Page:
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RECOMMENDED FLIGHT I~OANO~ AND SUPPOTH~G GTOUND-BASED Al to increase with the sin md scope of the mission. The cost to develop ~ New Frontiers mission proposal will be considerably more Bars for Discovery missions. In Discovery, these funds come partly from ~e overhead charged on other projects ~ art implementing institution arid partly from NASA (particularly in the final stages of ~e competition). The SSE Survey r~mmencL an early study to determune the men for prodding the fund necessary to underwrite proposal competition in New Frontiers missions+ ~ Compet`~on may Bed to Sofa of 'nmrest at NASA In. There are areas of unique expertise resident in single NASA tenors ~~ must ~ supported md maintained ~ necessary arid required to carry outthe perry exploration enterprise fog., mission ar~alysis, navigation' arid deep-space communications). This expertise is often supported from institutional overhead on ongoing tenor missions. Since Base same centers may also wish to compete' particularly for large missions, the tenors will face ~ conflict of ingress when deciding whether to make such unique services available to their competitors. The SSE Survey recommend an early study to find ways to nvoitl the potentially adverse consequence of c~nBi~ of interest relating to' for example, Ned to unique expertise and infrnstru~ure nt NASA centers' DEFINITION OF MISSION COST CLASSES In the discussion of mission priorities thy follows, The SSE Survey, ~ NASA,s explicit request' divided missions into classes on the basis of ar~ticipa~d tom mission cost to completion But without extension). The mission cost classes adopted are as follows: Small less ~m $325 million' Medium between $325 million md $~50 million' md ~ Large more ~m $~50 million. For example, ~ Discovery or Mars Scout mission is ~ small mission by definition. New Frontier missions, as defined in the Presidentts proposed FY 2003 budget, are equivalent to Be Surveys medium-mission Oratory. Flagship missions' for example. Europa Geophysical Explorer or Mars Sample lleturn, are in He large-mission Gregory. The SSE Survey used the bed information available to it in assigning cost categories to Be mission concepts evaluated in this survey. Nevertheless, it must be emphasized that Be cost estimates' particularly for Be New Frontiers missions, are based on concept studies of limited scope. In order to confirm the residing of any New F=ntier minion concept prior to the issuance of an Announcement of Opportunity and to certify the minion concept's yu~lif'~ntion for this program' the SSE Survey recommend that after the first selection, an independent group Fondue n certiB'~ntion review of the mission concept to he solicited' prior to the issuance of any A_t of Opportunity+ SMALL MISSIONS The Discovery P - grain The Discovery line of small missions is reserved for competed missions responsive to discoveries md is outside Be donut of my long-term strategy. Over Be course of my 10-year period, Were are vermin to be new discoveries md high-seienee-~alue mission ideas that could not be discerned ~ the begirming of the strategic plying period. The Discovery program provides for the neeess~ flight program flexibility to cover these contingencies md to provide continuing new opportunities to Be planetary science eommunily for mission ideas nof provided in the long-term strategic plan. The Discovery program is fundamental md invaluable for planetary exploration' but it is outside the bounds of this long-~rm strategic plan. Therefore' the SSE Survey makes no specific flight mission recommendations for the Discovery program, but it is compelled to make ~ recommenda- tion on Be value of these missions to plme~ry exploration+ Given Discovery's highly su~sful start, the SSE Survey endorse the con tinuntion of this program' which relies on princip~l-investigntor leadership and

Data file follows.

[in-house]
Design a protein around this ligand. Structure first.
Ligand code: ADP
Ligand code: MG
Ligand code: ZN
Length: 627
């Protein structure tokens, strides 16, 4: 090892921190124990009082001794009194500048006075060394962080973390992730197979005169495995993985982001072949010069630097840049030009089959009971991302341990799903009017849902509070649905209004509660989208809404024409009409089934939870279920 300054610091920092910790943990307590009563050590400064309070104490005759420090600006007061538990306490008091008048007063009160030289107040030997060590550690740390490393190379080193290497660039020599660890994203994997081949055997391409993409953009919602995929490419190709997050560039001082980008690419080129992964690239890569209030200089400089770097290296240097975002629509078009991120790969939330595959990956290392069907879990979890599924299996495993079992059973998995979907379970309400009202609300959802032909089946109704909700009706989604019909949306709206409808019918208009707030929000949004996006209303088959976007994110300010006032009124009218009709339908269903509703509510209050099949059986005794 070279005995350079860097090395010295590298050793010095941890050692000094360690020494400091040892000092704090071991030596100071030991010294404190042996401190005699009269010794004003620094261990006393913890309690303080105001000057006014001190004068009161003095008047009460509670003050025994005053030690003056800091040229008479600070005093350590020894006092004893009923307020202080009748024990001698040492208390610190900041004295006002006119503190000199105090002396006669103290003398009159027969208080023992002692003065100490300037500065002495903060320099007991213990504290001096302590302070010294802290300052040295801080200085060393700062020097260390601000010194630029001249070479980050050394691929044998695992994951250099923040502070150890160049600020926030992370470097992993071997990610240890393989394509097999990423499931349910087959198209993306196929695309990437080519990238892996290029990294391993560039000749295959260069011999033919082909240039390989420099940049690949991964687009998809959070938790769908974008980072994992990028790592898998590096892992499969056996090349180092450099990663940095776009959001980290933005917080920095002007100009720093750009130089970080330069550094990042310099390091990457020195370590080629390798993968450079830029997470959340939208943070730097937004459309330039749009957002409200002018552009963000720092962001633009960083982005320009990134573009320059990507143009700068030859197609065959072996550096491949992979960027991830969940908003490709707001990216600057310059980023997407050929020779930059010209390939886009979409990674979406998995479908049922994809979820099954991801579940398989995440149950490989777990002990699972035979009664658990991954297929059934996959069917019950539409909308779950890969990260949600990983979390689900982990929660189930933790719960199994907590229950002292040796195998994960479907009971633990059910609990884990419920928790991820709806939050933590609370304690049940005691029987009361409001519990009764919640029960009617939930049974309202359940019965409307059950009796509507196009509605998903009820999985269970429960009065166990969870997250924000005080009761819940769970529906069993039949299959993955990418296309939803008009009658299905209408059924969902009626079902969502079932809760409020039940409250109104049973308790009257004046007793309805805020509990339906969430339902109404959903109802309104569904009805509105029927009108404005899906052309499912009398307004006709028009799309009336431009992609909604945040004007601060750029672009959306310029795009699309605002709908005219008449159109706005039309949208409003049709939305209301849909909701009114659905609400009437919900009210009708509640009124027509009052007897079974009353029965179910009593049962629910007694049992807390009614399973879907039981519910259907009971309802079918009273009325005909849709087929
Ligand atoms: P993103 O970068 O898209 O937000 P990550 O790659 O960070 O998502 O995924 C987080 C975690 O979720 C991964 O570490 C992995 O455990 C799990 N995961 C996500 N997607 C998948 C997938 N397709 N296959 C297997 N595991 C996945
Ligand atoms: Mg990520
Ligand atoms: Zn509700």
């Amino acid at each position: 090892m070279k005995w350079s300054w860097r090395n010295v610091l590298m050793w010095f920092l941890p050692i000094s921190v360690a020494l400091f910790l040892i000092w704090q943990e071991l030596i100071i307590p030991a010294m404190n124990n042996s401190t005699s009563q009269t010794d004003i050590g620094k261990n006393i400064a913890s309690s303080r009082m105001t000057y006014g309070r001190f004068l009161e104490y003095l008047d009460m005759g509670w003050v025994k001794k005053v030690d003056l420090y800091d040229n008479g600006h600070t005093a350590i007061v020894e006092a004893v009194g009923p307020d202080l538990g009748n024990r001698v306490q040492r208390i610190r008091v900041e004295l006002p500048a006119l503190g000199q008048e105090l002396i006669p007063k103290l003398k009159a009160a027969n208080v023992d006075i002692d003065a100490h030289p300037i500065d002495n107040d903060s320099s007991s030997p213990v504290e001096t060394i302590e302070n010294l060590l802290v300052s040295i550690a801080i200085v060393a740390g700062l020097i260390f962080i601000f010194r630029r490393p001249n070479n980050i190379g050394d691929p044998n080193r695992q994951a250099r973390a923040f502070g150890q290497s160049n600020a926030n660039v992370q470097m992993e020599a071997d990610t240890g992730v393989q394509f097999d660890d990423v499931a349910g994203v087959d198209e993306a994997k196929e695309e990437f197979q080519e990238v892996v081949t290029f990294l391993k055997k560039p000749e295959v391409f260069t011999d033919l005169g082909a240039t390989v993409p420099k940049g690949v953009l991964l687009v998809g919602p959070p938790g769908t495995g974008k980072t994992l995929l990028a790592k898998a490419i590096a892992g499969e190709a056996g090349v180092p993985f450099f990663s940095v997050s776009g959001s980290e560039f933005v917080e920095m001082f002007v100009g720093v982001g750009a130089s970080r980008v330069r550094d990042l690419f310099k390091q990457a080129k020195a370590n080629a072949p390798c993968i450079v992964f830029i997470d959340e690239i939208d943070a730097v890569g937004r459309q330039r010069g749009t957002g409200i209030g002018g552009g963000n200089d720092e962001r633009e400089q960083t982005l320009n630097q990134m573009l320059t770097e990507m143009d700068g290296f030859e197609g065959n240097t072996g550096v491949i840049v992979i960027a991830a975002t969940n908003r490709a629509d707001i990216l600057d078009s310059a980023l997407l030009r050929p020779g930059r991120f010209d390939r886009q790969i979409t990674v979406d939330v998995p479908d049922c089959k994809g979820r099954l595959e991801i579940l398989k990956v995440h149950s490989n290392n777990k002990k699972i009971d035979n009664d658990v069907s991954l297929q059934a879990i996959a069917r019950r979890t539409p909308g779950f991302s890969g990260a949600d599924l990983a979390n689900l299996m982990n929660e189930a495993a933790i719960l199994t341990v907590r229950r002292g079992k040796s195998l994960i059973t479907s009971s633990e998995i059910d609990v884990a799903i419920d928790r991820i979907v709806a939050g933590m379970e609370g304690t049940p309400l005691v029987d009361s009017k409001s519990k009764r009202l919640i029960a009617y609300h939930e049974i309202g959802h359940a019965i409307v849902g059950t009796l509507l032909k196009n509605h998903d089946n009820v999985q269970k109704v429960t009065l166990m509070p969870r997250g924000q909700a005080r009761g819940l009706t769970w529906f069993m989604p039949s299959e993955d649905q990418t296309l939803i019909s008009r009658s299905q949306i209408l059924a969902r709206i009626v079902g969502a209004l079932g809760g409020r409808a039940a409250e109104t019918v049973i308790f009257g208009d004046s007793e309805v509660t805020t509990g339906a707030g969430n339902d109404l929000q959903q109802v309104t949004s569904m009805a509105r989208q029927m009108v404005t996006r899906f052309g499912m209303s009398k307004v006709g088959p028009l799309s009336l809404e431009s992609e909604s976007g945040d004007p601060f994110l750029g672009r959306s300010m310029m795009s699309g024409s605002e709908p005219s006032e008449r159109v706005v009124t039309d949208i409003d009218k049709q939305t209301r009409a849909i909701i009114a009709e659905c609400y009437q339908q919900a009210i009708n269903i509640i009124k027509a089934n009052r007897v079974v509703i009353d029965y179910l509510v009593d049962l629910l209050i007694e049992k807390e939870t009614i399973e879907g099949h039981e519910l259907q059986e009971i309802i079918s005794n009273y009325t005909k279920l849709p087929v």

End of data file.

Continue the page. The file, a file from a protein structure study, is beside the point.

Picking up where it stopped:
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HEW FR0~ IN =E 50~R HIM competition to obtain Me area - t science return within n cost cap+ A flight rate of no less In one launch every 18 months is recommended+ Flight Mission Extensions The SSE Survey rwogni~s mission extensions, even multiple extensions' as significar~t arid highly productive elements both of nominally successful missions arid of missions thy undergo charades of scope or time lines due to unpredictable events. The Voyager extensions to Neptune' Urmus, arid the outer heliosphere are examples of ~e former' arid the NEAR extension ~ Eros Id the Galileo Europa~ille~ium arid pep Space ~ extensions are highly productive examples of ~e lair. The Survey treats these extensions, which it assert will require Weir own funding arrangements, as independent, small-cl~s missions. The Discovery program cart make decisions on mission extensions within the Discovery program line by trading off Announcement of Opportunity release dams. As the examples Died above indicate' the productivity arid effectiveness of mission extensions in solar system exploration are unquestionable arid con~itu~ ~ importers part of ~e Surveys in~gra~d spongy. The SSE Survey support NASAL current Senior lleview proms for deciding the scientific merits of n propped minion extension and recommends that early planning he (lone to provide nileqante funding of mission extensions' particularly Flagship missions nnil missions with international partners+ PIlIOllITIZED FLIGHT MISSIONS FOR THE DECADE 2003-2013 The mission concepts proposed by He SSE Surveyor panels I see Part One) as future flight mission e~dida~s are compiled in Table 7.1 in Chapter 7. They encompass missions to ~ diverse set of targets' from Mercury to beyond the orbit of Pluto. These concept touch on ~ broad rime of questions that include He formation of He solar system, the evolution of habitable worlds, the origin of life, md the fate of Earth. Some of these missions em be flown win proven technology; others require sub~mtia1 technological development. It is clear ~~' given their cost implications, not all of the missions listed in Table 7.~ em be recommended for flight in the next decade, md therefore the SSE Survey prioritized them. To form ~ seientif~e basis for id integrated spongy (see Chapter 7~, He SSE Survey used He criteria of seientif~e merit opportunity' md technological readiness to Isolde 12 key scientific questions to be addressed during the next decade. It then showed how these questions relate to ~ small set of mission e~dida~s' highlighted in bold type in Table 7.~' which are He mission set from which He Survey creed its prioritized list of missions suitable for flight in He next 10 years. Overall program cost constraints are ~ feet of life. The SSE Survey restricted the number of missions in id prioritized list to ~ number ~~ it believes em be accommodated within He out-year budget profile in He Presidentts proposed FY 2003 budget: for large-class missions, He number is limited to one' md for medium- el~s, the number is limited to Tree; these are supplemented by two extra mission e~dida~s to account for uneer~inties' to encourage furler possible grown in He program, md also to give some indication of the possible direction for He program beyond He current decade. The SSE Survey, s recommendations for non-hIars missions' therefore' consist of ~ prioritized list of five medium-class missions for He New Frontiers program, the start of one large-class mission during He decade, md one small-class non-Dimovery mission extension. Mmy discoveries occur in the plme~ry sciences over the course of ~ decade' md for ~ deeada1 shaggy to maintain ~ course consistent win ongoing discoveries, the need to reconsider the priorities recommended by this Survey may arise. NASA should issue Armouneements of Opportunity for New Frontiers missions that are consistent with the priorities given in this Survey. Only in He ewe where ~ new discovery eh~ges He Surveys fundamental understanding should these priorities be reconsidered, in which ease the SSE Survey reco~en~ that the National llewnrch Council's Committee on Planetary and Lunar Exploration Fondue n review to confirm or modify dental survey recommendations and priorities for the New Frontiers flight program+ The number of Discovery missions is constrained only by the funding profile. llecognizing the Discovery progrnm's sumac, the SSE Survey recommend that ndeqante resource he provided to sustain an average flight rate of no less than one Inunch every 18 months+